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You may also find this informative: http://en.wikipedia.org/wiki/India_Pale_Ale It seems IPAs are currently fashionable—these things go in cycles, don't they?—and almost any copper-coloured ale is likely to have an IPA label slapped on it. I was amused and mildly disgusted to see that Baron's, a maker of kits, has something they call East India Pale Ale. ...


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According to this article, Fuller's IPA and Bengal Lancer are not the same beer. The author, Zak Avery, claims to have spoken to the head brewer and concluded that the IPA is hopped exclusively with Golding. Fuller's IPA is a beer that dates from Reg Drury's tenure as head brewer. It was a fairly traditional take on IPA*, being produced at 4.8%abv ...


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I assume that by Fuller's IPA you mean Bengal Lancer? I brewed the following recipe last summer for a just-over-five-UK-gallons batch, based on "Sara Carter Bombay IPA" which is supposed to be a Thornbridge Jaipur clone. See http://www.brew.x10.mx/Recipes.html for the original. I didn't think it tasted much like Jaipur, but was struck by the resemblance to ...


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For a double IPA, I suggest a moderate-to-high bitterness and a massive hop flavor, with ABV in the 7.5-10% range. Denny is right-- You can really play with those hop additions and find your own groove. Remember, the later the addition, the more flavor in the final product. Given your specific hop requirements, here's what I would do for a 60 minute boil. ...


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If you'd like to simplify your batch and increase the hop flavor and aroma, I'd make the following recommendations: Use just Simcoe for your bittering. It's likely you won't notice much of a difference in using or two types of hops since all of the aroma and hop flavor will boil off, leaving you with just bitterness. For your flavor hops, move them ...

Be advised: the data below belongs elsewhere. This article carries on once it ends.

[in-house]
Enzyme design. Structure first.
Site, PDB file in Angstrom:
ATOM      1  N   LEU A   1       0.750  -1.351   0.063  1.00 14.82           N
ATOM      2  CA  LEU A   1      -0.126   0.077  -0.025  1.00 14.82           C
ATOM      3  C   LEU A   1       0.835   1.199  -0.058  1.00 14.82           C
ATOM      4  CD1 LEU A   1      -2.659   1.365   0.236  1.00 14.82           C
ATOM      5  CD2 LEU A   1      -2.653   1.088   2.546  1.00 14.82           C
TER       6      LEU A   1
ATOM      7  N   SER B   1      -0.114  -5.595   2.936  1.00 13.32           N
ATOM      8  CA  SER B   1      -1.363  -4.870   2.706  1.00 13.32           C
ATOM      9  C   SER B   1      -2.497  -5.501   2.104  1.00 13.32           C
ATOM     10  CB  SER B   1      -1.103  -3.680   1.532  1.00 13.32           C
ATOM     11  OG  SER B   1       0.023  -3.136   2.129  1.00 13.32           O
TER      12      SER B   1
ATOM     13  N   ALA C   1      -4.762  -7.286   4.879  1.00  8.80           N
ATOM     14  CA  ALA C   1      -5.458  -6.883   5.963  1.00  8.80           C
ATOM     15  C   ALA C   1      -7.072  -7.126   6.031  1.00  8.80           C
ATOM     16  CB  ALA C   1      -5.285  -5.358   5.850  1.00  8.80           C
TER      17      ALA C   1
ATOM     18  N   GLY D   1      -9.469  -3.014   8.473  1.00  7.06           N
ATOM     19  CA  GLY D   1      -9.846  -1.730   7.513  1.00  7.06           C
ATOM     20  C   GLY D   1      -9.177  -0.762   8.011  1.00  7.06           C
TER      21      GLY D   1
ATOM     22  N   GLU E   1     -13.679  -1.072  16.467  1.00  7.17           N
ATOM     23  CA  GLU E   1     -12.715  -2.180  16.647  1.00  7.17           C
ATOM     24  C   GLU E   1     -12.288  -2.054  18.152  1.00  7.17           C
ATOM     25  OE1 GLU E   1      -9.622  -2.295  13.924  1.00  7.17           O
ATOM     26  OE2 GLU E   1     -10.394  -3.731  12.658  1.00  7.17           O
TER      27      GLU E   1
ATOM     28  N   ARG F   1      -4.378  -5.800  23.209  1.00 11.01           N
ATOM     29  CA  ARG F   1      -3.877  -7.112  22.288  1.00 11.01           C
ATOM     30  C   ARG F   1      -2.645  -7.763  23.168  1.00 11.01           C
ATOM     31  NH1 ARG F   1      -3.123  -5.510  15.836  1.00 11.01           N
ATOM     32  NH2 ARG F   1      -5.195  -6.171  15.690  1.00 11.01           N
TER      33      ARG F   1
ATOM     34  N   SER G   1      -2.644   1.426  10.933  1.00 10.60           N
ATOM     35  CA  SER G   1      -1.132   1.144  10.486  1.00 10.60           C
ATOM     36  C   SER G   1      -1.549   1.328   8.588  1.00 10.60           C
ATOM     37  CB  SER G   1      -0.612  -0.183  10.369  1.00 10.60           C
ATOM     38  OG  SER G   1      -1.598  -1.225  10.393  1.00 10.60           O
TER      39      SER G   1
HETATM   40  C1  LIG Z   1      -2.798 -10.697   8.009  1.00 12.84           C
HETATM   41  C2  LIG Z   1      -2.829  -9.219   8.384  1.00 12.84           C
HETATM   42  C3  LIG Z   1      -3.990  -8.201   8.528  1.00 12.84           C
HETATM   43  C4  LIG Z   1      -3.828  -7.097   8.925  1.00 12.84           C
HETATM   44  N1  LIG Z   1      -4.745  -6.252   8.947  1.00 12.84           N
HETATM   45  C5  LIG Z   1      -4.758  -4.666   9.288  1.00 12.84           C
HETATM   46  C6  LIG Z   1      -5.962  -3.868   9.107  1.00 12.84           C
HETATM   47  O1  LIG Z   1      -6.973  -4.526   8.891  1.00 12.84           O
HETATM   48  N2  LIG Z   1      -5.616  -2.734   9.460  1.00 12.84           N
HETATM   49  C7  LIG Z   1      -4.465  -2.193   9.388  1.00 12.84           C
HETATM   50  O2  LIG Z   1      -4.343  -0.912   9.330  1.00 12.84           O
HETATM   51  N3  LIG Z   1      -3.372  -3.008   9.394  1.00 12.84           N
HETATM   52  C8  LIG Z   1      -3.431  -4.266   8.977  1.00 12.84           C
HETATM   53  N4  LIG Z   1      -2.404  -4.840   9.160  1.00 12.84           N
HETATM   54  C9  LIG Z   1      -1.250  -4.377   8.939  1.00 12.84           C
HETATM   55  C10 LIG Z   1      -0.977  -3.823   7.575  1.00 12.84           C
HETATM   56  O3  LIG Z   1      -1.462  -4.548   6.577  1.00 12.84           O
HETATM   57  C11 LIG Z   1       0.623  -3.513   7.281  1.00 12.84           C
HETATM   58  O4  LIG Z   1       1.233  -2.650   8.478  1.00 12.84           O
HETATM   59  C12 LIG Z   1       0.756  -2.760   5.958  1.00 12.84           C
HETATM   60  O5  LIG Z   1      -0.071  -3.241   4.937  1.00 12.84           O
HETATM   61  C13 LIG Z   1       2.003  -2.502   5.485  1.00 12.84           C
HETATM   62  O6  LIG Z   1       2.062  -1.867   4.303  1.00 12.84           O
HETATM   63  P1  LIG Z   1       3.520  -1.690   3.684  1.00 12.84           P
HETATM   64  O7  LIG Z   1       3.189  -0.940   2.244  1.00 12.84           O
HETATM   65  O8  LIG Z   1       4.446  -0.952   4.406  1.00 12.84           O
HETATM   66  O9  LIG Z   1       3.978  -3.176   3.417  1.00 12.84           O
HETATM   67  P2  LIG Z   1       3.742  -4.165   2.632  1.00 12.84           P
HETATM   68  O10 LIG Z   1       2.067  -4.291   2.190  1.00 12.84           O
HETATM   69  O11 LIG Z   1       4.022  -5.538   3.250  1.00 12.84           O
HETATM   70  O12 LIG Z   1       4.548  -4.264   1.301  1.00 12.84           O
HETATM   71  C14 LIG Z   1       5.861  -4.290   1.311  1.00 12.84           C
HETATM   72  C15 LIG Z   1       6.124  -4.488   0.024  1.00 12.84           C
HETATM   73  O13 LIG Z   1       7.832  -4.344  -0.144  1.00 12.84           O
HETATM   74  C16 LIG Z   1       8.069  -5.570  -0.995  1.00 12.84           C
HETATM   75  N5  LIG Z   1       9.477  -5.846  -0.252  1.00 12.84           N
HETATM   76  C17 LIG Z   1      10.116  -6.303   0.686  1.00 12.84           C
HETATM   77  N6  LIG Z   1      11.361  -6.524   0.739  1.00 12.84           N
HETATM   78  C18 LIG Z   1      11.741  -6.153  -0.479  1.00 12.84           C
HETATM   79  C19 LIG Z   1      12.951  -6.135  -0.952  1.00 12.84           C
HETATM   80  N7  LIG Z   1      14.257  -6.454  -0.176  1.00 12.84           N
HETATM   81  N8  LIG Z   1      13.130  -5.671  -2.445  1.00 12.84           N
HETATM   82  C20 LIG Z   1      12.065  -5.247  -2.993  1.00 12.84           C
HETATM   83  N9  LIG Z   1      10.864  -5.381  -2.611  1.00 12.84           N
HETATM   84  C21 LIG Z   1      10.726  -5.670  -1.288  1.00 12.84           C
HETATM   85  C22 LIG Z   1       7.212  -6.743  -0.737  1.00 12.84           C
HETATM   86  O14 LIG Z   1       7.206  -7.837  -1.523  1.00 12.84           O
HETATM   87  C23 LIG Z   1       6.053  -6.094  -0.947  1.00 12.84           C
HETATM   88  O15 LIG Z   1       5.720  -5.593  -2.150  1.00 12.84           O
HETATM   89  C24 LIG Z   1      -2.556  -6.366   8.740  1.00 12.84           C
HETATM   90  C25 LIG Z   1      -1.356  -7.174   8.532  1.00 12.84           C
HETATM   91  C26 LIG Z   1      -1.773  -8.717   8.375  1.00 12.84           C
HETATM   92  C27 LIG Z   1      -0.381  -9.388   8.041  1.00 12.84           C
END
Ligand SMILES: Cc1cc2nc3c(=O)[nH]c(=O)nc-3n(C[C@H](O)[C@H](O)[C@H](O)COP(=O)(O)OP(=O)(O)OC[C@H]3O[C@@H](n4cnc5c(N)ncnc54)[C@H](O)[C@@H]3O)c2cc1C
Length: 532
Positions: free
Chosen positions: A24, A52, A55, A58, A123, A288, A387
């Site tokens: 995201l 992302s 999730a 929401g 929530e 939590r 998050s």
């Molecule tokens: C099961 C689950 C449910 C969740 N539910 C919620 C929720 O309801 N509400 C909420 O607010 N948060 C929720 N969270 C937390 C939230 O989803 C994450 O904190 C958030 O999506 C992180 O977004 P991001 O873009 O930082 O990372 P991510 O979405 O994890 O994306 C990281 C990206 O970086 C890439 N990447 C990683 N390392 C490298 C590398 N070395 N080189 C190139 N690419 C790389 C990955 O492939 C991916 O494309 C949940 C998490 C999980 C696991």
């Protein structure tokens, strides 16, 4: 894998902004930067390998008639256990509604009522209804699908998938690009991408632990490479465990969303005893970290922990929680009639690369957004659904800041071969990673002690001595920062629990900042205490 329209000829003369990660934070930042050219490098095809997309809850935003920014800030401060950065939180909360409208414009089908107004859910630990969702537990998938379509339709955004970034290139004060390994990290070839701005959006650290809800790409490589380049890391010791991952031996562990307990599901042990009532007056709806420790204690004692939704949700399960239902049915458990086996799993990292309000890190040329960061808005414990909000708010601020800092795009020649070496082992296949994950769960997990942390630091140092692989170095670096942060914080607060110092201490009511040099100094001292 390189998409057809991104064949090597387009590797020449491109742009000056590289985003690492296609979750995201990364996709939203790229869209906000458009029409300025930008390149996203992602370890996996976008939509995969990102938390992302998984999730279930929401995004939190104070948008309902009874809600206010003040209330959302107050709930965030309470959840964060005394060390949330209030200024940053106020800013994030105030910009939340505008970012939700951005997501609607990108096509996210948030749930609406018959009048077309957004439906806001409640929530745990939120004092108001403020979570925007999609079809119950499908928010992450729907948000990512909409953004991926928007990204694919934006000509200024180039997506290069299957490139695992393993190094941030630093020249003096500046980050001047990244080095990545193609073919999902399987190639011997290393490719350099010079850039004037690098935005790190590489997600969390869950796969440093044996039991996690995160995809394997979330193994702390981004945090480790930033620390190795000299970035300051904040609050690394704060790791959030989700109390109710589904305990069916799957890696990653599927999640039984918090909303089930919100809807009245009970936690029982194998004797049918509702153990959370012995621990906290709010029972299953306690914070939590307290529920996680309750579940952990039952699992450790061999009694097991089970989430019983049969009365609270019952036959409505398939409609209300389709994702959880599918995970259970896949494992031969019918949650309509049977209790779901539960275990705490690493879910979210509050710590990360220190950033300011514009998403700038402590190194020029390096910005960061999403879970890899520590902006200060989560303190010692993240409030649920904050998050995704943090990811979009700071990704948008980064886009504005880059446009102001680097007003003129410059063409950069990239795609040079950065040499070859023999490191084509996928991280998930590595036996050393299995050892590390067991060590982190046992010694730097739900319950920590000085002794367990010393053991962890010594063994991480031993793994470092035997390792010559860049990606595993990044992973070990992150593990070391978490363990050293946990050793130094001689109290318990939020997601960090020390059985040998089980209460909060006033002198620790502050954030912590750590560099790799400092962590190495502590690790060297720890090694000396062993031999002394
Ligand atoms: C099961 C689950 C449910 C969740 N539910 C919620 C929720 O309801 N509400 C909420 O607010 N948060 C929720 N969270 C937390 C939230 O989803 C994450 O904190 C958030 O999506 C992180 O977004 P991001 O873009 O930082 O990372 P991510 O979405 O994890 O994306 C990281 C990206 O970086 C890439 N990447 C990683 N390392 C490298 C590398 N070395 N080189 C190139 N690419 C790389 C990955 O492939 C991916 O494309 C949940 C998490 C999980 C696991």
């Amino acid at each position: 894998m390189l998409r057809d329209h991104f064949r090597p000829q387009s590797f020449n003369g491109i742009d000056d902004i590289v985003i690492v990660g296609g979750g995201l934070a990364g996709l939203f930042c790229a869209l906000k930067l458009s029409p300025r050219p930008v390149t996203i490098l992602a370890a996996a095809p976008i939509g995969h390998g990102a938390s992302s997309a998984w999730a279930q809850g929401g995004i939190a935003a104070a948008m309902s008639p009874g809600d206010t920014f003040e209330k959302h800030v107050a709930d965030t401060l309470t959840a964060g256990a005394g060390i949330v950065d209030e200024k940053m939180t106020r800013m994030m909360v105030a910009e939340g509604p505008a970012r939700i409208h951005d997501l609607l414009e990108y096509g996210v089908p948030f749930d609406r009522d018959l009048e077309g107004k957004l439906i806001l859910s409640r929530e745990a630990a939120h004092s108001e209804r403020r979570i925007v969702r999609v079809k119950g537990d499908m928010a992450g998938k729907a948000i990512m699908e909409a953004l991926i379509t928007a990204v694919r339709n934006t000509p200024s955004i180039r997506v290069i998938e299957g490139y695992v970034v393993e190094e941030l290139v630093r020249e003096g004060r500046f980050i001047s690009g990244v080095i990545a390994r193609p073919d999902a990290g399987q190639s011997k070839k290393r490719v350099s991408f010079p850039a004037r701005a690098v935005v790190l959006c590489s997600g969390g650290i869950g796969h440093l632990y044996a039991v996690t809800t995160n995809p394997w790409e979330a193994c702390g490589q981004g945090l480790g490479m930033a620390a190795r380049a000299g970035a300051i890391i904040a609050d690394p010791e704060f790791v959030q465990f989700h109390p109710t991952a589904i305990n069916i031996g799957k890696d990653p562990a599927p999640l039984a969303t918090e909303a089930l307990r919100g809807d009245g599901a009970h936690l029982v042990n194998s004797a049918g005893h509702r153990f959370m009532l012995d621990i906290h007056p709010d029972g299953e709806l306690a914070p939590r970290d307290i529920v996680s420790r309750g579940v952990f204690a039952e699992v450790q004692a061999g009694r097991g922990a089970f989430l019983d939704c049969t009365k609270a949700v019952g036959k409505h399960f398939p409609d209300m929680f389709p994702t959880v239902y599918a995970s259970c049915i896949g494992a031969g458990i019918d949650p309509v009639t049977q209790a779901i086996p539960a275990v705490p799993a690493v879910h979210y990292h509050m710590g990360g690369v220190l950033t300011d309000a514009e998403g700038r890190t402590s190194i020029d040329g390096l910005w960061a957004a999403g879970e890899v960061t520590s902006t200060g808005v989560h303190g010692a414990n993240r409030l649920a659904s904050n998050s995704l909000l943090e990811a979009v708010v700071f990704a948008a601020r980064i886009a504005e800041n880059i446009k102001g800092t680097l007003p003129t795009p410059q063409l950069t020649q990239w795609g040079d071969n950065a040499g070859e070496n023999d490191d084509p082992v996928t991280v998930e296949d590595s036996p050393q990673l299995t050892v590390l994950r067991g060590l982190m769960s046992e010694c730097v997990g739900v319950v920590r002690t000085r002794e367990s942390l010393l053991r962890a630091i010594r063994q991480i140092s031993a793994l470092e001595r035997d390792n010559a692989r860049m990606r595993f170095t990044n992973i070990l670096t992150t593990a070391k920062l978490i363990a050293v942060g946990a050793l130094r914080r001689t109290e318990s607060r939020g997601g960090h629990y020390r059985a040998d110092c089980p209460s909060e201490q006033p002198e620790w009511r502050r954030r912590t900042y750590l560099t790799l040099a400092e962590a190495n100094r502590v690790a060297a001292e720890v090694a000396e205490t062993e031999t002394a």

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Boil time is not dependent on hop additions. There is no set time to wait. You can add whatever you like whenever you like to get the results you want.


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It was a lucky guess. There is nothing in that grist bill specific to an IPA. AAMOF, it's NOT an IPA! The OG is too low, for one thing. The recipe even calls itself a pale ale, not an IPA. As to what makes an IPA an IPA, the best ROT is the BU:GU ratio. An IPA will usually be in the 1.060-1.075 OG range and have at least a 1:1 BU:GU ratio.


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The Beer Judge Certification Program (BJCP) makes an attempt to describe styles such as this. One such style is IPA (grouped into 3 subcategories: English IPA, American IPA, and Imperial IPA). Have a look: http://www.bjcp.org/2008styles/style14.php You're right that the hop character defines the IPA style. However, a traditional IPA has some restrictions on ...



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